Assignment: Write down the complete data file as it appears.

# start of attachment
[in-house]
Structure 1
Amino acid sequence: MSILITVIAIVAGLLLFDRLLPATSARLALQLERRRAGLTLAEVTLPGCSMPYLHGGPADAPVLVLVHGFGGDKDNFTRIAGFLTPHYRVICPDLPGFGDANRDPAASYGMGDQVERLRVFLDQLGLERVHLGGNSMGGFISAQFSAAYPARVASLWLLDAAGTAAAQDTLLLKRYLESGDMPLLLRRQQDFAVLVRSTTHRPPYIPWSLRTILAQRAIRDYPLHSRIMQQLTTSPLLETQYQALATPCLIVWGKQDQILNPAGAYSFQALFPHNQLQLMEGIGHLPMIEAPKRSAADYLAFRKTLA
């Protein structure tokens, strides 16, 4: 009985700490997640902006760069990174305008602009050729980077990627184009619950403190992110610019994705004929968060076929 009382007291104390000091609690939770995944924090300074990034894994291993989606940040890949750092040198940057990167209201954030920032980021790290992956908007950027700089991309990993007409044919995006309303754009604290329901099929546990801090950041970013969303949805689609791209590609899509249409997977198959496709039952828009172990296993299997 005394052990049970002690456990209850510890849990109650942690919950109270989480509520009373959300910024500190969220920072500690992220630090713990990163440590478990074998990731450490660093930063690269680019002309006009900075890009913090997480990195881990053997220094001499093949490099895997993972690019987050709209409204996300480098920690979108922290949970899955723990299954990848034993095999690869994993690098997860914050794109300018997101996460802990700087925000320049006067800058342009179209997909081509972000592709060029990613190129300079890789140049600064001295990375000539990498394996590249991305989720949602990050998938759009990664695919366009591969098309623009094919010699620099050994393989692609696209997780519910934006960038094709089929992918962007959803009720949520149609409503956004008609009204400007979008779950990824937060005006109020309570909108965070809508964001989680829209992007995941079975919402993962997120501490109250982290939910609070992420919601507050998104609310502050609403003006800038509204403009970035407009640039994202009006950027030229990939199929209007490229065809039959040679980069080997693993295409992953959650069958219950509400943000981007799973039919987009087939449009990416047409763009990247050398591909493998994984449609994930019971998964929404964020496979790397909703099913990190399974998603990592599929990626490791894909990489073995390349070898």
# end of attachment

[in-house]
Structure 1
Amino acid sequence: MSILITVIAIVAGLLLFDRLLPATSARLALQLERRRAGLTLAEVTLPGCSMPYLHGGPADAPVLVLVHGFGGDKDNFTRIAGFLTPHYRVICPDLPGFGDANRDPAASYGMGDQVERLRVFLDQLGLERVHLGGNSMGGFISAQFSAAYPARVASLWLLDAAGTAAAQDTLLLKRYLESGDMPLLLRRQQDFAVLVRSTTHRPPYIPWSLRTILAQRAIRDYPLHSRIMQQLTTSPLLETQYQALATPCLIVWGKQDQILNPAGAYSFQALFPHNQLQLMEGIGHLPMIEAPKRSAADYLAFRKTLA
């Protein structure tokens, strides 16, 4: 009985700490997640902006760069990174305008602009050729980077990627184009619950403190992110610019994705004929968060076929 009382007291104390000091609690939770995944924090300074990034894994291993989606940040890949750092040198940057990167209201954030920032980021790290992956908007950027700089991309990993007409044919995006309303754009604290329901099929546990801090950041970013969303949805689609791209590609899509249409997977198959496709039952828009172990296993299997 005394052990049970002690456990209850510890849990109650942690919950109270989480509520009373959300910024500190969220920072500690992220630090713990990163440590478990074998990731450490660093930063690269680019002309006009900075890009913090997480990195881990053997220094001499093949490099895997993972690019987050709209409204996300480098920690979108922290949970899955723990299954990848034993095999690869994993690098997860914050794109300018997101996460802990700087925000320049006067800058342009179209997909081509972000592709060029990613190129300079890789140049600064001295990375000539990498394996590249991305989720949602990050998938759009990664695919366009591969098309623009094919010699620099050994393989692609696209997780519910934006960038094709089929992918962007959803009720949520149609409503956004008609009204400007979008779950990824937060005006109020309570909108965070809508964001989680829209992007995941079975919402993962997120501490109250982290939910609070992420919601507050998104609310502050609403003006800038509204403009970035407009640039994202009006950027030229990939199929209007490229065809039959040679980069080997693993295409992953959650069958219950509400943000981007799973039919987009087939449009990416047409763009990247050398591909493998994984449609994930019971998964929404964020496979790397909703099913990190399974998603990592599929990626490791894909990489073995390349070898």